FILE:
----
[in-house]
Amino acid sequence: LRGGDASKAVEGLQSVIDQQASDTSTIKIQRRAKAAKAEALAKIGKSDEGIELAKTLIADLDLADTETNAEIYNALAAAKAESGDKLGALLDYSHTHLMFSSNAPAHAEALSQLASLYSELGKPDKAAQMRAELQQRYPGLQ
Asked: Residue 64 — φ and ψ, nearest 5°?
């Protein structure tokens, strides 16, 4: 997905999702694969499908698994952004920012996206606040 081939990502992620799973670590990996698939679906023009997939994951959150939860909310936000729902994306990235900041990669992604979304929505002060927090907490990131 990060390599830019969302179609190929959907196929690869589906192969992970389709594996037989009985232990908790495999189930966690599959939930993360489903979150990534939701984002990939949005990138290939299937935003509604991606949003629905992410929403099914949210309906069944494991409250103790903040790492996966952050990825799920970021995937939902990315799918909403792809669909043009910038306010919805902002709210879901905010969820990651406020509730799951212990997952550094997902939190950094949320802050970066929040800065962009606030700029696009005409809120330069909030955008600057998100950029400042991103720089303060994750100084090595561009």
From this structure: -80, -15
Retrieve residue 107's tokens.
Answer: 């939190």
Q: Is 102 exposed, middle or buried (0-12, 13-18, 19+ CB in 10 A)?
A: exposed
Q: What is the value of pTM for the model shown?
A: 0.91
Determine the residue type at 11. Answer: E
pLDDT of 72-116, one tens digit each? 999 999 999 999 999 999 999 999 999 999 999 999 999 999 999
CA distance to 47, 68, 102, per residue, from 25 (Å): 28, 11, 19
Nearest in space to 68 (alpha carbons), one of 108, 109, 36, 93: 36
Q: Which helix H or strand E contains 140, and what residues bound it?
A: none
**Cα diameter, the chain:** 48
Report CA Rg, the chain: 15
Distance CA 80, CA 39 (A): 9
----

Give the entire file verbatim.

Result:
[in-house]
Amino acid sequence: LRGGDASKAVEGLQSVIDQQASDTSTIKIQRRAKAAKAEALAKIGKSDEGIELAKTLIADLDLADTETNAEIYNALAAAKAESGDKLGALLDYSHTHLMFSSNAPAHAEALSQLASLYSELGKPDKAAQMRAELQQRYPGLQ
Asked: Residue 64 — φ and ψ, nearest 5°?
């Protein structure tokens, strides 16, 4: 997905999702694969499908698994952004920012996206606040 081939990502992620799973670590990996698939679906023009997939994951959150939860909310936000729902994306990235900041990669992604979304929505002060927090907490990131 990060390599830019969302179609190929959907196929690869589906192969992970389709594996037989009985232990908790495999189930966690599959939930993360489903979150990534939701984002990939949005990138290939299937935003509604991606949003629905992410929403099914949210309906069944494991409250103790903040790492996966952050990825799920970021995937939902990315799918909403792809669909043009910038306010919805902002709210879901905010969820990651406020509730799951212990997952550094997902939190950094949320802050970066929040800065962009606030700029696009005409809120330069909030955008600057998100950029400042991103720089303060994750100084090595561009």
From this structure: -80, -15
Retrieve residue 107's tokens.
Answer: 């939190």
Q: Is 102 exposed, middle or buried (0-12, 13-18, 19+ CB in 10 A)?
A: exposed
Q: What is the value of pTM for the model shown?
A: 0.91
Determine the residue type at 11. Answer: E
pLDDT of 72-116, one tens digit each? 999 999 999 999 999 999 999 999 999 999 999 999 999 999 999
CA distance to 47, 68, 102, per residue, from 25 (Å): 28, 11, 19
Nearest in space to 68 (alpha carbons), one of 108, 109, 36, 93: 36
Q: Which helix H or strand E contains 140, and what residues bound it?
A: none
**Cα diameter, the chain:** 48
Report CA Rg, the chain: 15
Distance CA 80, CA 39 (A): 9